Causes of Bladder Cancer
The causes of bladder cancer are not fully understood. Researchers have determined that the cancer often develops in the cells that line the bladder, which are known as transitional cells. For unknown reasons, changes occur in the DNA of these cells, which influences how the cells grow, divide and die. If the transitional cells grow uncontrollably or remain beyond their normal lifetimes, the resulting buildup of excess cells can form a cancerous mass, or tumor. Left untreated, the cancer can sometimes penetrate the bladder muscle and spread to adjacent tissue, and potentially metastasize to the bones or distant organs like the lungs and liver.
While bladder cancer has not been definitively linked to genetic DNA mutations that run in families, scientists believe that some individuals may inherit a reduced ability to break down and eradicate certain cancer-causing toxins, making them more susceptible to the cancer-causing effects of these substances. Such toxins include:
- Tobacco smoke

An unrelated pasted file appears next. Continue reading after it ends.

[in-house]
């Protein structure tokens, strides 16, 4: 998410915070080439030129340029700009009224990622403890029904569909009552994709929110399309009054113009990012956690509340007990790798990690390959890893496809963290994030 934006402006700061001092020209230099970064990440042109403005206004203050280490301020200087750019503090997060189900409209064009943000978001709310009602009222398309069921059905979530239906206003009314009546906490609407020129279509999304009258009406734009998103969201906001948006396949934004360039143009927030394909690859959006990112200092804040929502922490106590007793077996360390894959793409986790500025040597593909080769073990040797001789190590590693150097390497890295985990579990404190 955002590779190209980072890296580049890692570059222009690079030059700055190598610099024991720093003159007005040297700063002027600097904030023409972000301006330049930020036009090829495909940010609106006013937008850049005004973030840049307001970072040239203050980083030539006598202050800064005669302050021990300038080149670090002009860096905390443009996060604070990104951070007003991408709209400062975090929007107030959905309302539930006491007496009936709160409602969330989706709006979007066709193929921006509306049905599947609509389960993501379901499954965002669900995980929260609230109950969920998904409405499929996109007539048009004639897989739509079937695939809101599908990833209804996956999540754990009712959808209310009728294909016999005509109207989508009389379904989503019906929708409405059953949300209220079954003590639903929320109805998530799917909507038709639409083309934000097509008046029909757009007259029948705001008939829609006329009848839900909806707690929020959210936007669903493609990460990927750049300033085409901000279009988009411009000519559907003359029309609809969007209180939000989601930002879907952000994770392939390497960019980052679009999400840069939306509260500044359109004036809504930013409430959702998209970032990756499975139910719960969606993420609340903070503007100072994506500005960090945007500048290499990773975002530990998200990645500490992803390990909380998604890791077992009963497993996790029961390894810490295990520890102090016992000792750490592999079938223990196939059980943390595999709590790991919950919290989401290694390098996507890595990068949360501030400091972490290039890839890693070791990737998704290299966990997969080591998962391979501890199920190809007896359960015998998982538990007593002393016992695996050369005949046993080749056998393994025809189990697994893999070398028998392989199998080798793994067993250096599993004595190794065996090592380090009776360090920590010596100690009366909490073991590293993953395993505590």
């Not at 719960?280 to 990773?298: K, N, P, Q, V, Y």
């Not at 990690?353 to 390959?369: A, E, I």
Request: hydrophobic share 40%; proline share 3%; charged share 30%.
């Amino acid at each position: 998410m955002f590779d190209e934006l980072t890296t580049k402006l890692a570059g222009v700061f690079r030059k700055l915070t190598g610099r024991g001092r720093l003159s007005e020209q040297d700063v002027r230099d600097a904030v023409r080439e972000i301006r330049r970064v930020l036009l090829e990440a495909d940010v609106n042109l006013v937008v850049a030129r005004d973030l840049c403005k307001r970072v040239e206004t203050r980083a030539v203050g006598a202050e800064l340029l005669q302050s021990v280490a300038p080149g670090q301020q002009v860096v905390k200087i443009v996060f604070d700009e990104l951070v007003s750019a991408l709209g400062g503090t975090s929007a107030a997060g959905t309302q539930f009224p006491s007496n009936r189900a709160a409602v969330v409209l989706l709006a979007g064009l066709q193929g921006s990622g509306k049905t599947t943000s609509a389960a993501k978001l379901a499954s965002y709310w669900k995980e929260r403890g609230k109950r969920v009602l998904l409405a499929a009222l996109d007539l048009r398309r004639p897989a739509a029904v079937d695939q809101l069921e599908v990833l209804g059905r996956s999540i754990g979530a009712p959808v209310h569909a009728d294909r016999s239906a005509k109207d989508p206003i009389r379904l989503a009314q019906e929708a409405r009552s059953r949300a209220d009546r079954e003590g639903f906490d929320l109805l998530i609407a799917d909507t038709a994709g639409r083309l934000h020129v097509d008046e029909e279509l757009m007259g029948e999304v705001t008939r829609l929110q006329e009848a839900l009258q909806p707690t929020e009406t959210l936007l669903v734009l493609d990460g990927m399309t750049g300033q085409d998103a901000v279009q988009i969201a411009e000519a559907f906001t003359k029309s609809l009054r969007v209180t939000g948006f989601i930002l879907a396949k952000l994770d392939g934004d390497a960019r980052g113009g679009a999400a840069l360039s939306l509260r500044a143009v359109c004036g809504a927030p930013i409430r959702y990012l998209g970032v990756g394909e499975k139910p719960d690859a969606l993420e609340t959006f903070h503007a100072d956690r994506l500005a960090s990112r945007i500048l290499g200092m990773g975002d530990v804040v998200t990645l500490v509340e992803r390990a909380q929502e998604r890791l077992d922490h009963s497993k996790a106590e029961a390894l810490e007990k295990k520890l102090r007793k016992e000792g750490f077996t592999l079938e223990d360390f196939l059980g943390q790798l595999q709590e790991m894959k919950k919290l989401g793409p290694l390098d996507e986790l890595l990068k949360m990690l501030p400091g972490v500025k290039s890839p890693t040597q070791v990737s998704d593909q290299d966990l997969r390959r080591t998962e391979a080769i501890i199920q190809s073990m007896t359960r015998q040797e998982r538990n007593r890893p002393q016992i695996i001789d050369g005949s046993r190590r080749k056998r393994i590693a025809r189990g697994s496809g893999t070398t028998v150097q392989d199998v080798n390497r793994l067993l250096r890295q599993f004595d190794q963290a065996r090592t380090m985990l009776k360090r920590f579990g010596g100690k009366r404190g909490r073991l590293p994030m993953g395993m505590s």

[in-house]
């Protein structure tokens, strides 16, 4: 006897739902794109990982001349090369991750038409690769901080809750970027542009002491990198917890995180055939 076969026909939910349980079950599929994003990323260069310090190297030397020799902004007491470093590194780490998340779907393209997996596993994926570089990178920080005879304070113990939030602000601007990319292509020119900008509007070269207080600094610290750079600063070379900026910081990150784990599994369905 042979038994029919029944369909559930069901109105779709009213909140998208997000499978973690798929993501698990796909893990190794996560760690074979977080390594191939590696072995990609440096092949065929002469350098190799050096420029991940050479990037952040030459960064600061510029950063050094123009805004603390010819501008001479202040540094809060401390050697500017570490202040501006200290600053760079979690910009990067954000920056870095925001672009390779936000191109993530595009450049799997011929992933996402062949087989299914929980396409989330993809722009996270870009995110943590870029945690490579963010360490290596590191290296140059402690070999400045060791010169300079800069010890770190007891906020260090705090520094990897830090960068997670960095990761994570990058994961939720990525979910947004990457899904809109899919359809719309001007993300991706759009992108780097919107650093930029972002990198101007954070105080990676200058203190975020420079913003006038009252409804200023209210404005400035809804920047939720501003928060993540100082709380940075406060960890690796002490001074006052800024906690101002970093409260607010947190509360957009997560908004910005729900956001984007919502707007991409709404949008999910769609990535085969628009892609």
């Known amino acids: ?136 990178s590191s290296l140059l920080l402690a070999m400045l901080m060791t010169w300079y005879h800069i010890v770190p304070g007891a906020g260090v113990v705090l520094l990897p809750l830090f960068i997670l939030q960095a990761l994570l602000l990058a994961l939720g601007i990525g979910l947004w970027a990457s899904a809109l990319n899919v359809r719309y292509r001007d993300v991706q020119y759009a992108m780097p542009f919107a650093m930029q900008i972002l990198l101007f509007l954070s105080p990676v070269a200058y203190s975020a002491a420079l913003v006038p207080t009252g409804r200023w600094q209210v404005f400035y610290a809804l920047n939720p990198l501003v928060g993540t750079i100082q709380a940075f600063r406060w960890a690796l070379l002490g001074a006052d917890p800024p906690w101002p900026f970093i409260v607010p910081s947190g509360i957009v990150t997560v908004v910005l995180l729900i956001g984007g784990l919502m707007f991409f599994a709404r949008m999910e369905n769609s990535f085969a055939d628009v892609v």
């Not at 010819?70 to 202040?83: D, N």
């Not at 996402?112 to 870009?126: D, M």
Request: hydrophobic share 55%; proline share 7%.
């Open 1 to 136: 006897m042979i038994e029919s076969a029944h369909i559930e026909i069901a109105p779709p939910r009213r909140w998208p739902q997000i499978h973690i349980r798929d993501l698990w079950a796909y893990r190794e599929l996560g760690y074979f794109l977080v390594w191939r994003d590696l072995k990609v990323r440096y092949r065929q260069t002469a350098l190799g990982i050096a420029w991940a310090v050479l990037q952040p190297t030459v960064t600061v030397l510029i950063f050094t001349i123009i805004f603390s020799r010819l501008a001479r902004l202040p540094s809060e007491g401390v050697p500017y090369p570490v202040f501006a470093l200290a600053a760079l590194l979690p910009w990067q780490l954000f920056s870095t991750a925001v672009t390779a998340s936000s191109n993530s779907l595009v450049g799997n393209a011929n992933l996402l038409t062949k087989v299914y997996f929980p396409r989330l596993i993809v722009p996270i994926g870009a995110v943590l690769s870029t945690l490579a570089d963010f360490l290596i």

- Hazardous industrial chemicals
- Aromatic amines like benzidine and beta-napththylamine (commonly used in the dye industry)
Research regarding bladder cancer causes is ongoing, and scientists are continuing to understand more about the DNA changes that occur in healthy transitional cells that cause them to become cancerous. At Moffitt Cancer Center, the only National Cancer Institute-designated Comprehensive Cancer Center based in Florida, we offer our patients the latest options in bladder cancer treatment, including access to robust clinical trials. Through these promising studies, we are continually improving bladder cancer treatments, allowing us to enhance survival rates and enrich our patients’ quality of life.
If you’d like to discuss bladder cancer causes with the team of cancer experts at Moffitt, call 1-888-663-3488, or schedule an appointment by completing our new patient registration form. For the convenience of our patients, we never require referrals.